The Atlantic Bookshelf: Conclusion

A wrap up of book reviews from Edward Weeks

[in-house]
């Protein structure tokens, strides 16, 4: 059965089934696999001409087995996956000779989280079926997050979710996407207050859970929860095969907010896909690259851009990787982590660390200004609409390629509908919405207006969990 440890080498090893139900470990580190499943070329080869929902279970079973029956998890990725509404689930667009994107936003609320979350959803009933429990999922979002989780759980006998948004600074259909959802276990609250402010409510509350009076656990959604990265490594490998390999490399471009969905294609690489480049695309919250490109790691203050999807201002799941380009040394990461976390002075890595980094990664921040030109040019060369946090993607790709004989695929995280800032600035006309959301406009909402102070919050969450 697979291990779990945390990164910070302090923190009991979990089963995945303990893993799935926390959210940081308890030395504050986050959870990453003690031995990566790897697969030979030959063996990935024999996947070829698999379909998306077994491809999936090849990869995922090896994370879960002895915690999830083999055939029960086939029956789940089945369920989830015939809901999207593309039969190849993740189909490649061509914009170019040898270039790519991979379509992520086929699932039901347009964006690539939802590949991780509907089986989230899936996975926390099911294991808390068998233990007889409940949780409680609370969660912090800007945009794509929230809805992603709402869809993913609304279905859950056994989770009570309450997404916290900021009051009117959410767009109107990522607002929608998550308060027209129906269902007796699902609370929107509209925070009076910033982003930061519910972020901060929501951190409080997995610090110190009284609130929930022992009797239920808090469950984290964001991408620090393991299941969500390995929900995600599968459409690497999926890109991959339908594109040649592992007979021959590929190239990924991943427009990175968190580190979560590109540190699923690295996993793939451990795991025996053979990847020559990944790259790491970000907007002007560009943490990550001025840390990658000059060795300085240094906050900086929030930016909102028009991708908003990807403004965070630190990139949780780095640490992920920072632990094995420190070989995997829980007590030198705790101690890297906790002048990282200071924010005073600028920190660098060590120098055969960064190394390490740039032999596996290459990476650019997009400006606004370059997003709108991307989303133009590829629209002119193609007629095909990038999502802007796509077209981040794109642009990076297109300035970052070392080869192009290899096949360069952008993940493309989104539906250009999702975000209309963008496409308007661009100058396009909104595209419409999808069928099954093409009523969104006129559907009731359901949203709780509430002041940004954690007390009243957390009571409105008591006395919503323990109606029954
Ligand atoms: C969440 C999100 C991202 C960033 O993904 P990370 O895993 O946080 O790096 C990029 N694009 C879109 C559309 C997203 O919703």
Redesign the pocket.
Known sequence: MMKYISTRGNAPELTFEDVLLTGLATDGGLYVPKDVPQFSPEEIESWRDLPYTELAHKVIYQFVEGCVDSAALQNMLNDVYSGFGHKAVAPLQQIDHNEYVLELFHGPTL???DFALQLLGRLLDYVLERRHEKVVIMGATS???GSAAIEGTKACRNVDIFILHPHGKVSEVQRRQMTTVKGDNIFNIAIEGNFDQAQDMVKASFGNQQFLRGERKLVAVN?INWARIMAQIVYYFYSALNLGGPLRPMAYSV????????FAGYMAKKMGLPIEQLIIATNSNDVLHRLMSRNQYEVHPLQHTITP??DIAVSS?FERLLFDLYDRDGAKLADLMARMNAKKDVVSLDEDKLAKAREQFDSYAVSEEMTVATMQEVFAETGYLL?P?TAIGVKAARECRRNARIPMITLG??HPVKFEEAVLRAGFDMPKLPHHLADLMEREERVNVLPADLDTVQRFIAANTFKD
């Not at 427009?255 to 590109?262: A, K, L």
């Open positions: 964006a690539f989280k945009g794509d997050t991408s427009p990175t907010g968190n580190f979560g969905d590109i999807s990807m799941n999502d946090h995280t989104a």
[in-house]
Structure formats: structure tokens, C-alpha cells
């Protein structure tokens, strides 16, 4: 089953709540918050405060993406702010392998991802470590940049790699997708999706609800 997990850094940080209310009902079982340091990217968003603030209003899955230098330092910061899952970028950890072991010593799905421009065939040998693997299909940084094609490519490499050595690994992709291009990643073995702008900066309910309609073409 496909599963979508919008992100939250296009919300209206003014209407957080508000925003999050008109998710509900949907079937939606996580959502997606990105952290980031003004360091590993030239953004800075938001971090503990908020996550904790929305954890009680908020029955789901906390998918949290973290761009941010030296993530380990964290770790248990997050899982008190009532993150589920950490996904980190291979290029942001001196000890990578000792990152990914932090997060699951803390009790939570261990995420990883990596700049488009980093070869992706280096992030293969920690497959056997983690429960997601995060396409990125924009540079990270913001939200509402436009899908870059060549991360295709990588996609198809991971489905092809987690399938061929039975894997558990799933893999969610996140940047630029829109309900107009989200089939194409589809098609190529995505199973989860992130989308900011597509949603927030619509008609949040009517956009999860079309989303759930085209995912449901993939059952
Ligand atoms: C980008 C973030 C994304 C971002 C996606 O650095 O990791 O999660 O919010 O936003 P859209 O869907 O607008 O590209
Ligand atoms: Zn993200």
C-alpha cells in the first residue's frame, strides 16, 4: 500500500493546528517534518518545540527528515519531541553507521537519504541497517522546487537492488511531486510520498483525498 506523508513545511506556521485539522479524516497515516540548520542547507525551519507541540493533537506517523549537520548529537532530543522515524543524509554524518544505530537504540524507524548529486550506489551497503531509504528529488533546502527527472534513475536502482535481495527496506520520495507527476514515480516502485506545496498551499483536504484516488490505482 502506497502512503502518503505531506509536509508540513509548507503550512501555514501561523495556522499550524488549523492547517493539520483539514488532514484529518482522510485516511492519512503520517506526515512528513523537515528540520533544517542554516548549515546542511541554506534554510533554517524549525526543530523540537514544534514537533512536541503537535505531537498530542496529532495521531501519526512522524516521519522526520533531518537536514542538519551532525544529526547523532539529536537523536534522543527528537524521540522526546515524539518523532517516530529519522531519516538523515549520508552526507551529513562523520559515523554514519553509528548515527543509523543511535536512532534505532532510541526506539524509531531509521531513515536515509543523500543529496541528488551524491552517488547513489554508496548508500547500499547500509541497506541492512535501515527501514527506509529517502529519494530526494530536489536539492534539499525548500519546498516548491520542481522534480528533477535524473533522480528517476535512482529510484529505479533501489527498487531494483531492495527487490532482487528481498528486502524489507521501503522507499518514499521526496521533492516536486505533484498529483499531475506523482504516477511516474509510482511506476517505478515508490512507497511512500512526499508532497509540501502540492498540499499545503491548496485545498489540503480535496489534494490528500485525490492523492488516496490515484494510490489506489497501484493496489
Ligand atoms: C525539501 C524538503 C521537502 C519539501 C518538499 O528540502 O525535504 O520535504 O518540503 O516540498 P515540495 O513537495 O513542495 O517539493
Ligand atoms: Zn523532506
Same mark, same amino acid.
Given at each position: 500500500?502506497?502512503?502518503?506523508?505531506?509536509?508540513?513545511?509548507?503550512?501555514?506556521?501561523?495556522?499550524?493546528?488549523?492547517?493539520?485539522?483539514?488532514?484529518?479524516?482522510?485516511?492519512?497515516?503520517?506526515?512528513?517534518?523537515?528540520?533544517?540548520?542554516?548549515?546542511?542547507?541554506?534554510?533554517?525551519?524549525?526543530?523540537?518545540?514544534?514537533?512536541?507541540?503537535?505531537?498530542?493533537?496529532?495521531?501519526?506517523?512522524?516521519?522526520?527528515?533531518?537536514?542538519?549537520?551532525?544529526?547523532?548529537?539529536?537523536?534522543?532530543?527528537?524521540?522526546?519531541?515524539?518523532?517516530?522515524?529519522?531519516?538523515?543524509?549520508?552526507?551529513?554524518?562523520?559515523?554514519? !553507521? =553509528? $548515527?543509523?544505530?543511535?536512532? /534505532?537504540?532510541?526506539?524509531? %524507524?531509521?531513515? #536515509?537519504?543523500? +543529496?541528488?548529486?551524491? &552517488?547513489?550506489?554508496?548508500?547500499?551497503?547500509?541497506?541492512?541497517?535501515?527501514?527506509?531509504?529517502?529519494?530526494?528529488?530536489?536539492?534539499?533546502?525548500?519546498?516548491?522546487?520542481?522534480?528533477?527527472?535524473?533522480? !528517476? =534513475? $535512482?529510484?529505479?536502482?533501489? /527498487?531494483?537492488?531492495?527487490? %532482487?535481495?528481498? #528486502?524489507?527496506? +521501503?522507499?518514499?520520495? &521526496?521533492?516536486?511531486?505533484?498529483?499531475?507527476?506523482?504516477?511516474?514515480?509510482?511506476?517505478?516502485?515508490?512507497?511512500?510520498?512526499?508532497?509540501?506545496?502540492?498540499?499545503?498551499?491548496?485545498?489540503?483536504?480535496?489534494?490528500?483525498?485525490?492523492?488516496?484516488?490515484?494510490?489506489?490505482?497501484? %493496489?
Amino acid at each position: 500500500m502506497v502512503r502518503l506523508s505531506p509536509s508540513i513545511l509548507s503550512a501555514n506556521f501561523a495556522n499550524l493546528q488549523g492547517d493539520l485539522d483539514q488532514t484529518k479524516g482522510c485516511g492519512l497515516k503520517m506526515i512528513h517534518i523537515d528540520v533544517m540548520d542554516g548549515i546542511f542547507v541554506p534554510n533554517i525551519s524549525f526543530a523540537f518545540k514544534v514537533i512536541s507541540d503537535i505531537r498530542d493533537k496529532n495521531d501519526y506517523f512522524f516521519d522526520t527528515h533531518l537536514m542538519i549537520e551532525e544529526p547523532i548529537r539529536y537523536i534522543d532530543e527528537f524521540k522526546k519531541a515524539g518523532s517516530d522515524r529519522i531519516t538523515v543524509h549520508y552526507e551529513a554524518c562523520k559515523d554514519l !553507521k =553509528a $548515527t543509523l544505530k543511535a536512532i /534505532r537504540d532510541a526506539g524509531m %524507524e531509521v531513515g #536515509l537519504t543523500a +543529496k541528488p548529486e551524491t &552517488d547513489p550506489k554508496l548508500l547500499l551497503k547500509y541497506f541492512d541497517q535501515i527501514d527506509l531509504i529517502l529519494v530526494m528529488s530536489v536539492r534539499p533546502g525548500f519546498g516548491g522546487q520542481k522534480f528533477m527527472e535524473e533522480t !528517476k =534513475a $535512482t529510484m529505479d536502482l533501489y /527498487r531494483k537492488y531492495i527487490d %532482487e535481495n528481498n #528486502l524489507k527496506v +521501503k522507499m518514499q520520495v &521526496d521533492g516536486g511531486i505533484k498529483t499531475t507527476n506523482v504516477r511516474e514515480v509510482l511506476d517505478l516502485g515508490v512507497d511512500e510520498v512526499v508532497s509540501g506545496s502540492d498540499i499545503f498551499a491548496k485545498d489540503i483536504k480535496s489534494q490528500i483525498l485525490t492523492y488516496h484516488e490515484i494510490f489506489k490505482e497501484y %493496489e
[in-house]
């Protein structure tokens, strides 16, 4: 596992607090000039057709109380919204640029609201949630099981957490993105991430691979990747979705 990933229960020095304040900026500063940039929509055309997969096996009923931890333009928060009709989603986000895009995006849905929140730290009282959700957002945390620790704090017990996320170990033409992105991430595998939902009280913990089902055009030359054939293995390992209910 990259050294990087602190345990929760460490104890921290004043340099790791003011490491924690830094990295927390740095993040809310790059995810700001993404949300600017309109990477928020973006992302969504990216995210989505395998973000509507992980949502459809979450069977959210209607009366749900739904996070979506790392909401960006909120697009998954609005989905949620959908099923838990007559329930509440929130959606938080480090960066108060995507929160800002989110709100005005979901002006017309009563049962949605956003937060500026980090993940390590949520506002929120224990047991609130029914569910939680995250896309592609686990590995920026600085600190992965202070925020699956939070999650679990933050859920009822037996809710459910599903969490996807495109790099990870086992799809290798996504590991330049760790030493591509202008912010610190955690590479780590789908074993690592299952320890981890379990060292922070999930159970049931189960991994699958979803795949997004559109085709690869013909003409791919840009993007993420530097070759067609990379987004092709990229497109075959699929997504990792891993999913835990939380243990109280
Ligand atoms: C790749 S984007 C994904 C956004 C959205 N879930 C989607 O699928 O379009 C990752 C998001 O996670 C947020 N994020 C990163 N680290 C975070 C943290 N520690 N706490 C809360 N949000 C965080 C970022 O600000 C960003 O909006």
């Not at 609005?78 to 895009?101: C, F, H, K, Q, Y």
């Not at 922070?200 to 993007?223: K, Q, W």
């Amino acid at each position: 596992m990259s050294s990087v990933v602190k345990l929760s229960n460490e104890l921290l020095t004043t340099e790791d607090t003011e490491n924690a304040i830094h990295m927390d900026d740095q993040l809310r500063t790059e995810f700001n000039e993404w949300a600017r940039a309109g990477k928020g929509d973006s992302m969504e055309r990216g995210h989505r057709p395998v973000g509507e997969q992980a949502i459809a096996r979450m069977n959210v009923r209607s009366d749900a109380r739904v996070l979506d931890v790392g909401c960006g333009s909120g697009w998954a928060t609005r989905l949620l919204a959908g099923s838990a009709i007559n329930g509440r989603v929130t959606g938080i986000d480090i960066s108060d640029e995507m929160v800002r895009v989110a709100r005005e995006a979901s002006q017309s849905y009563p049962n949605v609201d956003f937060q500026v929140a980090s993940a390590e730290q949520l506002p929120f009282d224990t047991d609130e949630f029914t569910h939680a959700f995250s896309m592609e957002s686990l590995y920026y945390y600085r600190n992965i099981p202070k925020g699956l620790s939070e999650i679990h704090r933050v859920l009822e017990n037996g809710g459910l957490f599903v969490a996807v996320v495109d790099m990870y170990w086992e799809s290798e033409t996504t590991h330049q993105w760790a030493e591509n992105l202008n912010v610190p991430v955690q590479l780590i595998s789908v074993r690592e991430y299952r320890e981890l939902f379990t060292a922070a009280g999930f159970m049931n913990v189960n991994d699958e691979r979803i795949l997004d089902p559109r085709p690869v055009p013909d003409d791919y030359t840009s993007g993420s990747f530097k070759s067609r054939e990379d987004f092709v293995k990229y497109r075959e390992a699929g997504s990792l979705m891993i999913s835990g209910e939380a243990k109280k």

IT could not possibly have been that bullfrog picture of him as he sits posed and well advertised in one of the new Bathtub Eights. It could not alone be the persuasion of that dusty, forced voice that turned the nation’s dials so regularly to the Town Crier. Nor is his fascination based solidly on that old adage (so well capitalized by G. K. Chesterton) that all the world loves a fat man. Alexander Woollcott’s appeal (I see no sex in it) is subtly compounded : he is self-conscious and impudent; he has nimble wit and a neat collection of anecdotes; and again, like the late H. T. P., despite the steady pressure of journalism he maintains an enthusiasm for rare and pretty English. In all his airs and graces there is something of the prima donna, something preposterous. But his charm, whether speaking or writing, is immense. He has replaced Henry L. Mencken as our New York antic best worth watching. Bookstores report that his radioed endorsement of books results in sales the country over; they report — naturally enough, I think — that his own book, While Rome Burns (Viking. $2.75), is in second place on the Best Seller list.